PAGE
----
Pan-African Parliament to make resolution that demands transparent elections and democracy in Africa!


Without trepidation, the Pan-African Parliament (PAP) has embarked on building vibrant and inclusive democracies in Africa!

This became evident at a working session chaired by Rule’s Committee Chairperson Hon. Vinita Kalyan SANTOSH meant to unpack the danger of undemocratic revolutions that are counter-revolutionary to democracy and peace in the continent.

70 participants drawn from leading opposition and ruling parties from across Africa had joined PAP parliamentarians serving in Permanent Committees of Justice and Human Rights; Rules, Privileges and Discipline as well as Cooperation, International Relations and Conflicts Resolution from 7 to 8 March 2019, during the Permanent Committee Sittings of the fifth Parliament of the Pan-African Parliament in Midrand, South Africa.

Supported by the Open Society Foundation and Africa Regional Office, (AfRO) a frank dialogue with ruling and opposition parties on the subject of ‘electoral democracy’ in Africa interrogated challenges not limited to democracy and corruption, democracy and identity, democracy and justice, violence, intolerance and exclusion, informal power versus formal power, uinformed citizenry and democracy.

Parliamentarians agreed that leaders must adhere to the principles and laws on democracy. PAP MPs spoke in one voice that the African Union (AU) must demand adherence by member states, and that adherence must become a protocol of the AU. 

Legislators, together with representatives of Political Parties agreed that the electoral reform and democracy in Africa are important and should be reviewed carefully going forward.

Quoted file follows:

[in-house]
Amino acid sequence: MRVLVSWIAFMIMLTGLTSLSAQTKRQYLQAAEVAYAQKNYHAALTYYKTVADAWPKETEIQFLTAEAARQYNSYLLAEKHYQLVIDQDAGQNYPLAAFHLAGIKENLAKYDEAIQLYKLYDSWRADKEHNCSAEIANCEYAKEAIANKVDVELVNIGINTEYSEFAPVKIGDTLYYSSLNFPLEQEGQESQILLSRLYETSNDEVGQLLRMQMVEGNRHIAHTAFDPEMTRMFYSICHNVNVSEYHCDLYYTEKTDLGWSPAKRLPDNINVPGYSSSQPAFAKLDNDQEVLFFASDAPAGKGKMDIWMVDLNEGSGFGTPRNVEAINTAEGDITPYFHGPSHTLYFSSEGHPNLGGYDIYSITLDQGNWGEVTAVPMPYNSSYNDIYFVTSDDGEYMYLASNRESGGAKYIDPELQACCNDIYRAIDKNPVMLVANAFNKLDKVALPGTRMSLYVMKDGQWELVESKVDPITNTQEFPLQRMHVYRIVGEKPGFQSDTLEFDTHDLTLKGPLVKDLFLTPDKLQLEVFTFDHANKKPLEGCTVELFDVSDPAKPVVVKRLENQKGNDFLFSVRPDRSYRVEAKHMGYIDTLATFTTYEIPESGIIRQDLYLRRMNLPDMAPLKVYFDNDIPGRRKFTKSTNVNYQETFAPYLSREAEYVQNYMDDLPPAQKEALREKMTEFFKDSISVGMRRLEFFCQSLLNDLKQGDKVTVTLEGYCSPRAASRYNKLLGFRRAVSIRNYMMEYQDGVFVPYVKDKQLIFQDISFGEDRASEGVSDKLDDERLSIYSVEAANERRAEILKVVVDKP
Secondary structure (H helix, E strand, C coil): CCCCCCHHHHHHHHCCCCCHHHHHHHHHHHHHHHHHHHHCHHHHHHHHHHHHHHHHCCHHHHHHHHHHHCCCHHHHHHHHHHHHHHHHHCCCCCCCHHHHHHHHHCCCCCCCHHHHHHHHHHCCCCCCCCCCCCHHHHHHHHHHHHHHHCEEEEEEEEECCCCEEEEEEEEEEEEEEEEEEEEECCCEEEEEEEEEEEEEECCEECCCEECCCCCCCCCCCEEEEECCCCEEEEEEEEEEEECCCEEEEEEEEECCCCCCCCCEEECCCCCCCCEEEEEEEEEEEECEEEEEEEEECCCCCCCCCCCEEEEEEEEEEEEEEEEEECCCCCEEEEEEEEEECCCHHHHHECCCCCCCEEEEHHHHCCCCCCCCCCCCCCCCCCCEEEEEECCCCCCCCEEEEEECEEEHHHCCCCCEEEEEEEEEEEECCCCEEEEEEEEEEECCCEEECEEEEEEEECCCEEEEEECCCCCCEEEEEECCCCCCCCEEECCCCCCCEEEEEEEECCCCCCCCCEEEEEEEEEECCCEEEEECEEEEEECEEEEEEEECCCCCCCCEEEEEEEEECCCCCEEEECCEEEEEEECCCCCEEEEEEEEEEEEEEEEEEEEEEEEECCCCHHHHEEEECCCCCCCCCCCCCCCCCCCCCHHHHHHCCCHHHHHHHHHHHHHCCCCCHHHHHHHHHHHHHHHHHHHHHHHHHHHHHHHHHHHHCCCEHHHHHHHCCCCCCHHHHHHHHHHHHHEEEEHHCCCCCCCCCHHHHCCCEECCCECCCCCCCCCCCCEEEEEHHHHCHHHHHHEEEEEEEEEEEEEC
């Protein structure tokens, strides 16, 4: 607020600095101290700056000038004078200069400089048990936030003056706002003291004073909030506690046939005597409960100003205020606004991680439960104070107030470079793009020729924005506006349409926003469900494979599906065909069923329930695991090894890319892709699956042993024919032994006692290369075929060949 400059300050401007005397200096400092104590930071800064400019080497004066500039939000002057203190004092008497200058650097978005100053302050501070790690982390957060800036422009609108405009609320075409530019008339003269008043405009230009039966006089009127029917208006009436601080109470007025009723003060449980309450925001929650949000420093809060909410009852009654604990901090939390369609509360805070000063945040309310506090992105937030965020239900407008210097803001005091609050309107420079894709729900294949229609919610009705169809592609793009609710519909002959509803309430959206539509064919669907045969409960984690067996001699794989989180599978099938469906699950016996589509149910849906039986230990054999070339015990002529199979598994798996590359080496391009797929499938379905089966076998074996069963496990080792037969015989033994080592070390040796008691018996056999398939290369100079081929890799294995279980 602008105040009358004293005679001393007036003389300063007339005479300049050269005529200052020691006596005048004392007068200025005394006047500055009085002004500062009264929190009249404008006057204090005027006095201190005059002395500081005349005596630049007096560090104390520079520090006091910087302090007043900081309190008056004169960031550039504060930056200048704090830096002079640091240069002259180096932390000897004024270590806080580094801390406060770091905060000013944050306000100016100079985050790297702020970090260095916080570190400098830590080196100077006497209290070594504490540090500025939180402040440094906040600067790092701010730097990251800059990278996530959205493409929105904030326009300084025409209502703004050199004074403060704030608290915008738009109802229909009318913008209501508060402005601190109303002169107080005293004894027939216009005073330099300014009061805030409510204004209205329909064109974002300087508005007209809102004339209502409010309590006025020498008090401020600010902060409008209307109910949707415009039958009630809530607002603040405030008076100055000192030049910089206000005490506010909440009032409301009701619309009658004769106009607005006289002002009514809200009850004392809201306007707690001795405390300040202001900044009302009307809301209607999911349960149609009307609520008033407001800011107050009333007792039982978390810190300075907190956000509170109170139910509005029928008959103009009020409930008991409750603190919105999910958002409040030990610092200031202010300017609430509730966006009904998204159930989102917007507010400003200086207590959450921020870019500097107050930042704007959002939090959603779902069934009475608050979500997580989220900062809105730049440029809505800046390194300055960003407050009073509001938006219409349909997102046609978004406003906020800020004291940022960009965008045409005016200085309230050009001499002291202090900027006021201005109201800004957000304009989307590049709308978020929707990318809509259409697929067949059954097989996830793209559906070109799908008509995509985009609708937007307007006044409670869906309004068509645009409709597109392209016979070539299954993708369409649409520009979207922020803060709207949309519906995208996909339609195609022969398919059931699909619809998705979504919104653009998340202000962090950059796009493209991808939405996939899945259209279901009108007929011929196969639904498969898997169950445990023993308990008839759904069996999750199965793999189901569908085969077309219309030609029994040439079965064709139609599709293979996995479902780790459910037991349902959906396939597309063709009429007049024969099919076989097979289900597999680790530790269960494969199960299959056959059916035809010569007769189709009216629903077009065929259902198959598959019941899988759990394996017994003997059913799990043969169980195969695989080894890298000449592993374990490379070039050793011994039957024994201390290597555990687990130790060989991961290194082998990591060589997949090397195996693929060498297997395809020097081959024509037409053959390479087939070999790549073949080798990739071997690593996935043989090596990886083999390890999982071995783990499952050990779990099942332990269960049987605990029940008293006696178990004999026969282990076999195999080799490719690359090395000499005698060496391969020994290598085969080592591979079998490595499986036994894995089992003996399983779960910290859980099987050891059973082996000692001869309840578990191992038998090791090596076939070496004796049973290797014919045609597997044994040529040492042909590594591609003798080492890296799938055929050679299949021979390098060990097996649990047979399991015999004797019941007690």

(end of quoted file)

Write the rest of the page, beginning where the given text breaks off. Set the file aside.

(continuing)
Job OGONDA of the Open Society Foundation (OSF) emphasized that the AU ought to observe elections and take note of what is missing to infer honest recommendations and feedback to member states. “Political parties should participate fully in the political system and ensure that they, themselves have regular elections,” he added.

A proposal that the AU observer missions should come up with a new strategy for election observation was hailed by the MPs who also agreed that the May 2019 Plenary Session must interrogate the role of the judiciary as an electorate body; given the roles of the supreme court in determining results after contestation.

Ogonda said having PAP noted that there has been an evolution in elections in Africa, the measures adopted by the AU to put an end to Coup d'état’s and violent actions to gain power, need to be applied in a manner that will ensure that leaders don’t stay in power for more than two terms.

Hon. Martin NITERETSE from the Rules Committee acknowledged that many African countries experience changes and amendments of their constitutions, spearheaded by political parties that plan to stay in power. “Parliament should be strong enough to reject processes of elongation of terms or tenure of office that are in most cases, unjustified,” he submitted

On the other hand, Patricia NYAUNDI, a researcher from Kenya said in many cases in Africa, politicians have been accused of encouraging their supporters to incite violence against those of their rivals.

Chairperson of the PAP Committee on Cooperation, International Relations and Conflicts Resolution Hon.  Kone Aboubacar SIDIKI said the recommendations from the forum would be presented back to respective political parties to consider for adoption at party decision-making level and point the right way to make democracy in respective countries more inclusive and just.

PAP has been instrumental in the development and ratification of the AU Charter on Democracy, Elections and Governance; which aims to ensure human rights, democratic governance and legitimate elections in Africa.